Wednesday, March 2, 2011

The latest on the Seattle Public Schools financial scandal

Board likely to oust Seattle schools superintendent, Seattle Times
After 3 ½ years as Seattle Public Schools superintendent, Maria Goodloe-Johnson's tenure appears to be over.

The Seattle School Board clearly signaled Tuesday night that it intends to dismiss Goodloe-Johnson and immediately appoint Chief Academic Officer Susan Enfield as interim superintendent.

The board will vote Wednesday night on both actions, one week after two investigative reports revealed the misuse of public money and mismanagement at the top.

The seven-member board also is poised to oust Chief Financial and Operations Officer Don Kennedy.

Likely interim superintendent is experienced educator, Seattle Times
The woman likely to become interim superintendent of Seattle Public Schools is an experienced administrator who once taught high-school English and has degrees from Stanford University, Harvard University and the University of California, Berkeley.

Susan Enfield, 42, joined Seattle Public Schools in 2009. She was hired by schools Superintendent Maria Goodloe-Johnson, who is likely to be ousted by the School Board Wednesday night over a financial scandal.

Silas Potter: 'I've been thrown under the bus' in Seattle schools scandal, Seattle PI
"It's a lot bigger than Silas Potter," he said. "They're trying to minimize their exposure of what they've done and maximize what Silas has done."

Potter denied being the mastermind behind the misappropriation of district funds, which has triggered a criminal investigation, state audit and possible firing of the school superintendent, Maria Goodloe-Johnson.

Seattle's School Board forced to depend on superintendent's honesty, Seattle Times
School Board members work for per diem only — a max of $4,800 a year. The seven-member board has just two helpers, who mostly do scheduling and office support.

"The way it's set up, the board is almost totally dependent on the superintendent's staff to give them honest information," says Dick Lilly, who was on Seattle's board from 2001 to 2005. "Because of that, what's in that e-mail, alone, is cause for firing."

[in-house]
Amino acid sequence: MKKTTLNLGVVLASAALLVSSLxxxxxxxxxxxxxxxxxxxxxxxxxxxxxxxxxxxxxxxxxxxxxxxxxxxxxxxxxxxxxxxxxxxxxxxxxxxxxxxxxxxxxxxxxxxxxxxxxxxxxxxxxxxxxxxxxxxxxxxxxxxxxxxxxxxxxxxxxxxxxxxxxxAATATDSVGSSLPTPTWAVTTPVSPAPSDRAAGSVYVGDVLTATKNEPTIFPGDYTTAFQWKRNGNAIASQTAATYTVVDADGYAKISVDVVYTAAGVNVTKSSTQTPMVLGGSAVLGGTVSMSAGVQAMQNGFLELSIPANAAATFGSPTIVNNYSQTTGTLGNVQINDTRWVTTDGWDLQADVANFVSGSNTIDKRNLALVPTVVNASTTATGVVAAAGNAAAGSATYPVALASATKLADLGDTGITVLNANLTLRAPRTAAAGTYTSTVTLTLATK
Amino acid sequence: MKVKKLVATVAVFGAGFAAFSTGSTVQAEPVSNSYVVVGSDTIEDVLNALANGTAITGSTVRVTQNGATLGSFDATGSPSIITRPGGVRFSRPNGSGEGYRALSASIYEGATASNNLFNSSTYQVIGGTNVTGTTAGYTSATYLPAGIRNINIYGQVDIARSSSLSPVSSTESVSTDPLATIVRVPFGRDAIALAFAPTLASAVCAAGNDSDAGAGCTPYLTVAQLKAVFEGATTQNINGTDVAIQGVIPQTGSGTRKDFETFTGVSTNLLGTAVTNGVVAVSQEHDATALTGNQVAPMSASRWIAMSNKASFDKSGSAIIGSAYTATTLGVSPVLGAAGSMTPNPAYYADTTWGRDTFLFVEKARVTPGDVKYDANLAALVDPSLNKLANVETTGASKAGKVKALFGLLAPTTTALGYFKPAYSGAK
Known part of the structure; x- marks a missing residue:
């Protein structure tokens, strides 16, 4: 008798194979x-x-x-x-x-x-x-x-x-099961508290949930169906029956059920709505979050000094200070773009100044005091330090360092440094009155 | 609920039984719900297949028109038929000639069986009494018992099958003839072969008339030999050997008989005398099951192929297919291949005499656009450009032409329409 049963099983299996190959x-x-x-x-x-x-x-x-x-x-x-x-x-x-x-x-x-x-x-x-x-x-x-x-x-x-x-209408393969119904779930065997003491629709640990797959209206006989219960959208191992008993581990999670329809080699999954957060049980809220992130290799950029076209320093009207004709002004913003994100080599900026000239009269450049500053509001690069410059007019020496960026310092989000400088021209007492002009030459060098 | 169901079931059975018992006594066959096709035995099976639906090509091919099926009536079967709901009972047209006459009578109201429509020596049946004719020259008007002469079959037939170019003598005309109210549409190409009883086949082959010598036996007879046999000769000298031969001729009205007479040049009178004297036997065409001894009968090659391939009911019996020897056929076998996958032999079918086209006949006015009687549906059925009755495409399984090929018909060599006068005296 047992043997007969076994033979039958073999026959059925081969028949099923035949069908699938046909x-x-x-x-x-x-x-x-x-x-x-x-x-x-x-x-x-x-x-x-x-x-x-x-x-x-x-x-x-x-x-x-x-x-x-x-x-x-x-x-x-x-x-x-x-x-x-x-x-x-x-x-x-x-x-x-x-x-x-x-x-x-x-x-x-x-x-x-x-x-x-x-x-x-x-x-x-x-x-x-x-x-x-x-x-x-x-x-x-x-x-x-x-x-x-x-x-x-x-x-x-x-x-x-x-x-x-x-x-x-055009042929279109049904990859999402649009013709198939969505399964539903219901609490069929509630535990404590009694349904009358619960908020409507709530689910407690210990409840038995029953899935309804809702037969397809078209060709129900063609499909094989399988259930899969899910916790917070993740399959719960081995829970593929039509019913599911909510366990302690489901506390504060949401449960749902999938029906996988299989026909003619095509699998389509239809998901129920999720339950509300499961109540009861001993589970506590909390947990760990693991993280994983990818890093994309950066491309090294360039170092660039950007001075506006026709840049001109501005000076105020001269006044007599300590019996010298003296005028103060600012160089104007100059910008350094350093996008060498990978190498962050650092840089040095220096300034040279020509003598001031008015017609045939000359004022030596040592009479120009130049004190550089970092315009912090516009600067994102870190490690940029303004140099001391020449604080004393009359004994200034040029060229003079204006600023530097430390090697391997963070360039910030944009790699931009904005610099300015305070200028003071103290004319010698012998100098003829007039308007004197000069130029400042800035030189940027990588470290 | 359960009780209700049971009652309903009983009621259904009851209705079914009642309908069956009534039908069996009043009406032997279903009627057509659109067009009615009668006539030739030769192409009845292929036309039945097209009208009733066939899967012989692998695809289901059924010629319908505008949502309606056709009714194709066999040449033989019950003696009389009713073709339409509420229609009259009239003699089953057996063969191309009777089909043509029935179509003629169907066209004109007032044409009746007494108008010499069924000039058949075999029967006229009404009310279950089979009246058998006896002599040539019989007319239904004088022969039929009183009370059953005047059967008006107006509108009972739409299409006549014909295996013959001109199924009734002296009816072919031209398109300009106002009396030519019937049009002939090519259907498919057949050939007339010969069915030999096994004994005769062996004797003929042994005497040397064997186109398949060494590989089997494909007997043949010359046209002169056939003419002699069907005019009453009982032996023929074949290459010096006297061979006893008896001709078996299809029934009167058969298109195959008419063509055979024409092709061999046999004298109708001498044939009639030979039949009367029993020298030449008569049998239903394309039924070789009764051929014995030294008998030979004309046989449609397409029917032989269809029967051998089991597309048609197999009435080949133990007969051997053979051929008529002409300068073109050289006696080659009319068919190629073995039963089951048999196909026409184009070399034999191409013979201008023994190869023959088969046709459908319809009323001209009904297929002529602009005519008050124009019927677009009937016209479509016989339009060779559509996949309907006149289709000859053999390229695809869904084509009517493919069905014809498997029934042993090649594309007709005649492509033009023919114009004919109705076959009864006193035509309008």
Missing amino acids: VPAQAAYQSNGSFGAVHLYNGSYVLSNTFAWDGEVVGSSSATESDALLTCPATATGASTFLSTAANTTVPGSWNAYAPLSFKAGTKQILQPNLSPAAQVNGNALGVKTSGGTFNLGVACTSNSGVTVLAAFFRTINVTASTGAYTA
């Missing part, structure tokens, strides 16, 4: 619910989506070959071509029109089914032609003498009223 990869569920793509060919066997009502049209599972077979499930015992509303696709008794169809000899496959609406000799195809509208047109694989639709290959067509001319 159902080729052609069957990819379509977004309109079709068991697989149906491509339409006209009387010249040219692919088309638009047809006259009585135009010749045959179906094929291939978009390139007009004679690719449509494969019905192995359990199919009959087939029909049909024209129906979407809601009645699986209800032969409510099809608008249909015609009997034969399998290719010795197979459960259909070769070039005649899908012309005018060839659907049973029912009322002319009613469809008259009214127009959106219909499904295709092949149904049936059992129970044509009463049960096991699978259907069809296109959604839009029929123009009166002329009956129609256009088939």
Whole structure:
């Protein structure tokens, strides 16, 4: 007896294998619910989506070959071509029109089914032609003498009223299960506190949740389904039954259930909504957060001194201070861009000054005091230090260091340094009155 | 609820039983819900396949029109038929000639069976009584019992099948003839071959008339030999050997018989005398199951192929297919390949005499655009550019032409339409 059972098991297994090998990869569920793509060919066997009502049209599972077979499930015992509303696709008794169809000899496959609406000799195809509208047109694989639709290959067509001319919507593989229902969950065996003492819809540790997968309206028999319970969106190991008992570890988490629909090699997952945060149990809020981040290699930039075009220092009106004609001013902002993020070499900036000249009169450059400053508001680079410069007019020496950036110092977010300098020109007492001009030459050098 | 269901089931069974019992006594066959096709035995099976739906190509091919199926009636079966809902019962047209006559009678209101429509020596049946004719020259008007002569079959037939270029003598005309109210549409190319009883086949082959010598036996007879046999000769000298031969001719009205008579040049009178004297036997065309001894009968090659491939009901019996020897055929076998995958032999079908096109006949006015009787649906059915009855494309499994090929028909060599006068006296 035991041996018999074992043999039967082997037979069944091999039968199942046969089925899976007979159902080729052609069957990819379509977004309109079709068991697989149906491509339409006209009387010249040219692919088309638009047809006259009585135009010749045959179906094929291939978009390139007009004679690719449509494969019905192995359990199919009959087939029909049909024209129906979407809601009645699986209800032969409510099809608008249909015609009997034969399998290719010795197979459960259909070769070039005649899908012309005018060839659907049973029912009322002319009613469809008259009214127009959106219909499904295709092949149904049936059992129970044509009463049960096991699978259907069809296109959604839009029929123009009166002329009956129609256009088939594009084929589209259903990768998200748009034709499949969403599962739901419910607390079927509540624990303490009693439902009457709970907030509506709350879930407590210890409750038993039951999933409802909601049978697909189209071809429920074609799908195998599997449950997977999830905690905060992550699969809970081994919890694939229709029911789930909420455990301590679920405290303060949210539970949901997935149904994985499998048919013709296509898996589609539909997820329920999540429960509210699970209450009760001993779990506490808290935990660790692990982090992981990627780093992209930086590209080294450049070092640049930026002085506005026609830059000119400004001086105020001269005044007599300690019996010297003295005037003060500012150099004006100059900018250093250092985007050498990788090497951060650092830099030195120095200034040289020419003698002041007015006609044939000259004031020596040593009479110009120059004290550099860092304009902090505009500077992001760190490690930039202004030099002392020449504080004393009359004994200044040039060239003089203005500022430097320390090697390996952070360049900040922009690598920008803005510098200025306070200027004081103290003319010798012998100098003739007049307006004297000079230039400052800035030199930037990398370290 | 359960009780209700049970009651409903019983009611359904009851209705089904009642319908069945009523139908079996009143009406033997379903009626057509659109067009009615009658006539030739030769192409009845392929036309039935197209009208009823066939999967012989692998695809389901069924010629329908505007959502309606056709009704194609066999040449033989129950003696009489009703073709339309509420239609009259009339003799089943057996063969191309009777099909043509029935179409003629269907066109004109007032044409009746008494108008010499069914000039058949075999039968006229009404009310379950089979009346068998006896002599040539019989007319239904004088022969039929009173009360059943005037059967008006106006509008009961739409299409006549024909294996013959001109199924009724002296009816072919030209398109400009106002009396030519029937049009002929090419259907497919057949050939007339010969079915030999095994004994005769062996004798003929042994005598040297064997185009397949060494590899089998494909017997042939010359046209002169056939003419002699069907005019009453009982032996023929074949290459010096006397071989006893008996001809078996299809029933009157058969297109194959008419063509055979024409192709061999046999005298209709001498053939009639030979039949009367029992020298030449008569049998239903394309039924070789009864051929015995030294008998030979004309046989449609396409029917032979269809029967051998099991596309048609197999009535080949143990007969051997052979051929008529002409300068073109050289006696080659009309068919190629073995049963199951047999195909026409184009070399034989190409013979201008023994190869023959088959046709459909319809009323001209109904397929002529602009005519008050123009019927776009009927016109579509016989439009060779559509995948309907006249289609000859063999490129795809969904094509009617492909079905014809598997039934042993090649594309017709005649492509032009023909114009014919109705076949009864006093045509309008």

The mixed record of Seattle school Superintendent Maria Goodloe-Johnson, Seattle Times
We like some of the results of her tenure, including more high school college-prep classes, more college-bound students and the transparency offered by new districtwide report cards.

But the good cannot outweigh the bad. In all honesty, the scales have been tipping in the wrong direction for some time.

A fear of retaliation and an official policy that keeps Seattle Public Schools employees from directly raising concerns with the school board are at least partly to blame for a scandal involving $1.8 million in misused public funds, auditors and investigators say.

In January, the city yanked a $500,000-a-year contract for the Urban League's youth-violence prevention work and awarded it to other organizations. The city criticized the Urban League for submitting vague, inaccurate invoices — accusations similar to those raised by auditors in the schools scandal.

The city also cut long-standing financial support of the Urban League's center to help minority small-business owners to get construction contracts, deciding to seek other bidders for the first time in years.

Urban League on school scandal: We 'did nothing wrong', Seattle PI
Responding to an audit report that the organization took $595,000 in questionable payments from Seattle Public Schools, leaders of the Urban League on Wednesday said the organization did nothing improper.

Interim CEO Tony Benjamin said the money in question was spent as specified by the district contract.

"The Urban League did nothing wrong," Benjamin at a news conference at the League's Seattle office. "The Auditor's report challenged us to get better. This is a real challenge and it's not just a challenge for the Urban League, but for all of us."

Just bringing in a new superintendent won't really solve things. A much deeper approach is needed, and I hope you will heed the Rahm Emanuel axiom that "you never want to let a serious crisis go to waste." You will be tempted, particularly with an election looming, to go for a quick fix, avoiding a damaging flood of further revelations and firings. That would be to waste the crisis.

Unlike several other local governments, King County declined to participate in a business development program run by the Seattle Public Schools that is now the subject of a criminal investigation.

"We couldn't understand what value the county would receive, and as a result, King County made no financial contribution to this program," Ray Moser, the county's Economic Policy Advisor & Business Relations Manager, said in an e-mail.

No comments:

Post a Comment